Annuities are sometimes described as an emotional investment vehicle because they guarantee lifetime income for a person. This can help an elder feel more secure about their money, at least about their monthly income. This security comes at a cost. There is lots of information, probably too much information about annuities available on the internet. This is where it is a good idea to employ one’s “crap detector” (as cyberculture expert Howard Rheingold identifies it in the 2012 book NetSmart) but it is not simple for these types of investments because they are often very complicated instruments.
Annuities tie up someone’s money long-term, and the terms of the annuity – both risks and benefits, and especially how the risk is monetized as a cost of the arrangement, should be looked at carefully. The annuity is governed by a contract and generally provide periodic payments over a specified amount of time, provide benefits to a designated beneficiary (if the annuitant, the person on whose life the annuity contract is based, dies prior to receiving payment),and can provide certain tax deferred benefits.
Sometimes people sell annuities that are touted as Medicaid friendly, but Medicaid rules, which vary from state to state, change often. Bottom line is that some annuity sales persons want to sell an annuity that is based simply on the insurance company or other financial institution taking a larger sum of money and doling it out in small portions over a course of years. Making an investment that may or may not be appropriate or a good idea for a particular individual is often complicated by the perceived “need” to qualify for immediate benefits. Annuities are only part of the picture.
First off, what is an annuity?
The SEC’s website provides a succinct overview of the three basic types:
- Fixed annuity. The insurance company promises you a minimum rate of interest and a fixed amount of periodic payments. Fixed annuities are regulated by state insurance commissioners. You can check the Colorado Commission on Insurance website here about the risks and benefits of fixed annuities and to confirm that your insurance broker is registered to sell insurance in your state.
- Variable annuity. The insurance company allows you to direct your annuity payments to different investment options, usually mutual funds. Your payout will vary depending on how much you put in, the rate of return on your investments, and expenses. The SEC regulates variable annuities. FINRA has a succinct explanation of variable annuities here.
- Indexed annuity. This annuity combines features of securities and insurance products. The insurance company credits you with a return that is based on a stock market index, such as the Standard & Poor’s 500 Index. Indexed annuities are regulated by state insurance commissioners.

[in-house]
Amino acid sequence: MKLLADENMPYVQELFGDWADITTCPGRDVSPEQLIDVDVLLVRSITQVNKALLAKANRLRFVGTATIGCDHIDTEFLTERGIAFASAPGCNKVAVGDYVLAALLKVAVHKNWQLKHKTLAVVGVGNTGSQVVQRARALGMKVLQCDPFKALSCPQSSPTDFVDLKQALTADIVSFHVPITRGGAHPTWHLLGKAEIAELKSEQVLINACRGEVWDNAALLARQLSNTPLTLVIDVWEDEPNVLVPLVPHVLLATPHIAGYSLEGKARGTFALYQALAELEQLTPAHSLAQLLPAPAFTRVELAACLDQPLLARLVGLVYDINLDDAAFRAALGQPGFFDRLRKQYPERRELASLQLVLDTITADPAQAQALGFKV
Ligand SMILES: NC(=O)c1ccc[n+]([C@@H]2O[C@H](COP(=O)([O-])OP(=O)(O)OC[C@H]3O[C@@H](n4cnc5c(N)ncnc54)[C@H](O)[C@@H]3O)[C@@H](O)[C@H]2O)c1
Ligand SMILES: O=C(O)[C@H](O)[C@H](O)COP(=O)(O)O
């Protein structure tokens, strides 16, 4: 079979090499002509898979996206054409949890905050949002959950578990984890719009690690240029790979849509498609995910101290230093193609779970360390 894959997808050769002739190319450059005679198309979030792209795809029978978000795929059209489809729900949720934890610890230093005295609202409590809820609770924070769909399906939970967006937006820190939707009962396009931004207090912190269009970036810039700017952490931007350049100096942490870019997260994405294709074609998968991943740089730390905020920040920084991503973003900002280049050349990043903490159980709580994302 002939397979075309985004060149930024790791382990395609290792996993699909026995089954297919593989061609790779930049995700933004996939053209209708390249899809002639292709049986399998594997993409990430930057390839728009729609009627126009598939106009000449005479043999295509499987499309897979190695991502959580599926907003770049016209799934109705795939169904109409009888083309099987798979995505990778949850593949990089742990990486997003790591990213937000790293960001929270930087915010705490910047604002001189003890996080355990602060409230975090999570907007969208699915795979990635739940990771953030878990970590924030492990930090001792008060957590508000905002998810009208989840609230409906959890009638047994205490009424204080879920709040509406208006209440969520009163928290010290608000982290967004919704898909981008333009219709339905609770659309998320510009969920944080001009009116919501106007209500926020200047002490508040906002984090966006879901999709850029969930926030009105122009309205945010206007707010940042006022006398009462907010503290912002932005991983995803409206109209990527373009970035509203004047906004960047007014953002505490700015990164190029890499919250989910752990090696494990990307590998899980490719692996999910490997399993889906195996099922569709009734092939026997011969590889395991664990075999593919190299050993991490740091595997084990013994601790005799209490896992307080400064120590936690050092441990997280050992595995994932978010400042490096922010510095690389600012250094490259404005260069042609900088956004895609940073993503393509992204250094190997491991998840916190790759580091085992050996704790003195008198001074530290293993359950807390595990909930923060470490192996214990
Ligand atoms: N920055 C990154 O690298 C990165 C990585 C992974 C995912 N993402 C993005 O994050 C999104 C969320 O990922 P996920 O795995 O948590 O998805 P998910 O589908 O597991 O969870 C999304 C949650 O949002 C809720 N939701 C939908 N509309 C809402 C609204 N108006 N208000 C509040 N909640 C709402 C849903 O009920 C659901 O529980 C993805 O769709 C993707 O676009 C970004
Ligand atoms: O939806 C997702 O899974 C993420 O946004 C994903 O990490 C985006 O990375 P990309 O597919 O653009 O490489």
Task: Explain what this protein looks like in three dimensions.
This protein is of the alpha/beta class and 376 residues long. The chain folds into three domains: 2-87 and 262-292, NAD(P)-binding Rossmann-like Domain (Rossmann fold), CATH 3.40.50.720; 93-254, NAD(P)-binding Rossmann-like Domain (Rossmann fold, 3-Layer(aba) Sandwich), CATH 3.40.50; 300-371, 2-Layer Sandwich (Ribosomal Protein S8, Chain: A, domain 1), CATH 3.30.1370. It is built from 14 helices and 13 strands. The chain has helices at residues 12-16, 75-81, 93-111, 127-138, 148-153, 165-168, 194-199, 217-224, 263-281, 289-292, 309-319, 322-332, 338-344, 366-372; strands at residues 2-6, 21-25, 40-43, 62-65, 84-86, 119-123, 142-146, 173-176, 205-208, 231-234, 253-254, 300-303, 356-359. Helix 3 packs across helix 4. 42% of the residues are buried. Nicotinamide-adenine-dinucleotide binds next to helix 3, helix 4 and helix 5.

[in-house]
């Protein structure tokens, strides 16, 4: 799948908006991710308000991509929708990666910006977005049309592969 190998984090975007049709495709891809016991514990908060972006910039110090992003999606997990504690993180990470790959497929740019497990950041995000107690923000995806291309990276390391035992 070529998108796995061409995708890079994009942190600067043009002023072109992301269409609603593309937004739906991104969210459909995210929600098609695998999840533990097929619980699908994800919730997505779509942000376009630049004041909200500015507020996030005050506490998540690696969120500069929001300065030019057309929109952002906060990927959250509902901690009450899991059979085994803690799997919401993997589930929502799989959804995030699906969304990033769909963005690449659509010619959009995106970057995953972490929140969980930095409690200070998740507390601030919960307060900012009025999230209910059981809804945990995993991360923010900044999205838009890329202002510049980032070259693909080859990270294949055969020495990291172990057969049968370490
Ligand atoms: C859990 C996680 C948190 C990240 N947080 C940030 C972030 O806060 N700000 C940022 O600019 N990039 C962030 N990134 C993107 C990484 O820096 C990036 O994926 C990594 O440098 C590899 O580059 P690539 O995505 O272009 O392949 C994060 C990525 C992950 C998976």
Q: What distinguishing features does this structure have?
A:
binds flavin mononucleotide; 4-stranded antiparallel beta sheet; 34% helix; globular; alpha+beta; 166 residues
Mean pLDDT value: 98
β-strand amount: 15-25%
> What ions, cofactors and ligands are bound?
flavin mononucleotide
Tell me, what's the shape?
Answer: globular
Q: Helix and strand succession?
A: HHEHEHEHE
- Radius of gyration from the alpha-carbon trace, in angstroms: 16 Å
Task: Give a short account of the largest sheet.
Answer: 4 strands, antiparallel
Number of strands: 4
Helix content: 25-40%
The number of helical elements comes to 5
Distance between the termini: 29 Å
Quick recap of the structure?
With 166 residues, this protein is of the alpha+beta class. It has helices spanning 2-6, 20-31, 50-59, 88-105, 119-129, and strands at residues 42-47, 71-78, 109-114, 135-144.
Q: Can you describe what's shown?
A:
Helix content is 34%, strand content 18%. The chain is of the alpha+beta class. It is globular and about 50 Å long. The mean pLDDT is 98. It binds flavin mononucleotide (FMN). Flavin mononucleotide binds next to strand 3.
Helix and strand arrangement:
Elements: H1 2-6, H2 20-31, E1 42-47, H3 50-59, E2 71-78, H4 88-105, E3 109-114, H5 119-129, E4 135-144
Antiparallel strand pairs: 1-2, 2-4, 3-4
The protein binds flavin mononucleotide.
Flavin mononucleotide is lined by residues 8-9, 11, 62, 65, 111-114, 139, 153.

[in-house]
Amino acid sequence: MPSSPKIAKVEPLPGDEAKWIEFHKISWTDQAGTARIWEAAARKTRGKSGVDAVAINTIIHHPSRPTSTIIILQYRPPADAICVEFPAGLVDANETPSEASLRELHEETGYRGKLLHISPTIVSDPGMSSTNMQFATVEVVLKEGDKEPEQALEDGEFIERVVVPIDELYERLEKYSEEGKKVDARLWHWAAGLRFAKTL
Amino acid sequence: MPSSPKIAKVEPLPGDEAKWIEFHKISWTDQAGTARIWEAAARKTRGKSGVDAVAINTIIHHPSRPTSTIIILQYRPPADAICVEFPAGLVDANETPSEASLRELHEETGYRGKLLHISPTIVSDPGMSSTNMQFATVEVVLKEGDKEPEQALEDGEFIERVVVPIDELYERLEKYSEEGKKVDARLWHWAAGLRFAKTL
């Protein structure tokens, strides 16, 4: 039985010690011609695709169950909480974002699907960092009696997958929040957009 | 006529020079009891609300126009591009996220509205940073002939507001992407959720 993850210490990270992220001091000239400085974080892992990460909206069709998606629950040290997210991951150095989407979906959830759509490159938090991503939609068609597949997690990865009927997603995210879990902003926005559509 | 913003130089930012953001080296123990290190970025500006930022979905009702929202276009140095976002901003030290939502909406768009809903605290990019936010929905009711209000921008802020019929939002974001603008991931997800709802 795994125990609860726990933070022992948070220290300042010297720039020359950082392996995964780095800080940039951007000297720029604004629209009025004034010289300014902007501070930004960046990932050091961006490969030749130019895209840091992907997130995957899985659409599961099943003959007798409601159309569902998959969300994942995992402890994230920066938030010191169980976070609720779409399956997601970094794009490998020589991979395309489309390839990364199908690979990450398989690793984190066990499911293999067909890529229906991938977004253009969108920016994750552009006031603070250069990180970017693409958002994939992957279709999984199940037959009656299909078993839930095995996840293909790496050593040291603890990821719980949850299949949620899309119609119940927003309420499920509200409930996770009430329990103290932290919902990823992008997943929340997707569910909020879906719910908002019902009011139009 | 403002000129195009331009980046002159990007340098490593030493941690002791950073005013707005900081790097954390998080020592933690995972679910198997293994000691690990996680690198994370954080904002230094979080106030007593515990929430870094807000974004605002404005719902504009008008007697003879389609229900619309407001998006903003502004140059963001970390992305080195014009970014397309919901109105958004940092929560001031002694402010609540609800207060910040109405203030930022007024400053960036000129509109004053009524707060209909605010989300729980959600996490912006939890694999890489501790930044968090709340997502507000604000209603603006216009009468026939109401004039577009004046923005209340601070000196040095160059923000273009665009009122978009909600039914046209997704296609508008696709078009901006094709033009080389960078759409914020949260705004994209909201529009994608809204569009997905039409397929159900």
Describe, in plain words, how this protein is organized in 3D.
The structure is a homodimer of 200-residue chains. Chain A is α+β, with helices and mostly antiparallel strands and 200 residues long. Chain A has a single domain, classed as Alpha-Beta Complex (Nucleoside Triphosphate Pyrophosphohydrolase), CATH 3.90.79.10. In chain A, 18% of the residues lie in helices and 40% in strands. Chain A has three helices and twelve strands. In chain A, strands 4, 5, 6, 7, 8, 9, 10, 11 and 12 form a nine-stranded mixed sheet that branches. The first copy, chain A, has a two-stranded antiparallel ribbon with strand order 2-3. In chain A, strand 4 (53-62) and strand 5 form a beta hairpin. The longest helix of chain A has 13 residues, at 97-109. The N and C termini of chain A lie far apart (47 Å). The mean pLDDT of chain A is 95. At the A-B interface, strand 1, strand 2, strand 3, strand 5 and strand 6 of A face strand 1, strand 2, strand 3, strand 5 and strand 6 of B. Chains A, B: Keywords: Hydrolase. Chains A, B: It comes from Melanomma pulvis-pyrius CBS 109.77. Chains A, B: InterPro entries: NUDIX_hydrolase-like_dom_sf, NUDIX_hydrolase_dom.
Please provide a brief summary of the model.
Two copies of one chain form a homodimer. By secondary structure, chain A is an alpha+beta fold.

Okay, I might as well go the full gamut here and mention “life settlements” while I’m on the topic of insurance and elders . . . . Say what? I first heard about these arrangements under their much more glamorous sounding name of “viaticals” or the acronym “STOLI” (stranger originated life insurance). These settlements became popular during the AIDS epidemic, but the first instance of it being approved comes from the 1911 U.S. Supreme Court decision of Grigsby v. Russell, 222 U.S. 149 (1911), Dr. A. H. Grigsby treated a patient named Mr. Burchard, who wanted a particular surgical operation but could only pay for it with a life insurance policy. Burchard sold Dr. Grigsby his life insurance policy in return for $100 and for agreeing to pay the remaining premiums, and so the first viatical settlement transaction was created. After Burchard died, Dr. Grigsby attempted to collect the benefits but the executor of Burchard’s estate successfully challenged the arrangement. The case eventually reached the U.S. Supreme Court where Justice Holmes stated in relevant part that “so far as reasonable safety permits, it is desirable to give to life policies the ordinary characteristics of property. To deny the right to sell except to persons having such an interest is to diminish appreciably the value of the contract in the owner’s hands.” 222 U.S. at 155-56. Okay, once again I’ve gone off-track in this post about annuities. . . .!
I am writing this because in my work people contact me and in the scope of gathering information I often encounter difficulties and misunderstanding on the part of annuitants, beneficiaries and other survivors of annuity contracts. The remorse and misunderstanding factor on these types of investment contracts can be high – so take a calm and measured look at these before you or someone you care about signs a contract!
Wondering about where to get more information about these annuities? Here a link to the FINRA warning about these investments – FINRA is short for Financial Industry Regulatory Authority (for those of us who took a securities law class in the previous century, this agency was formerly known as NASD – the National Association of Securities Dealers). Where the Securities and Exchange Commission (SEC) is a government regulatory agency, FINRA is the largest self-regulatory organization in the American securities industry.
To recap, annuities seem to be appealing to many older folks (boomers included) because of their emotional appeal of guaranteed income for life. This article from Business Week is nearly ten years old, but is still relevant. Best to explore and discover the best means for what to do with your limited funds in retirement and make sure that you have considered all the options before alighting on the one that is right for you – especially if it is an investment that cannot be undone.
©Barbara Cashman 2014 www.DenverElderLaw.org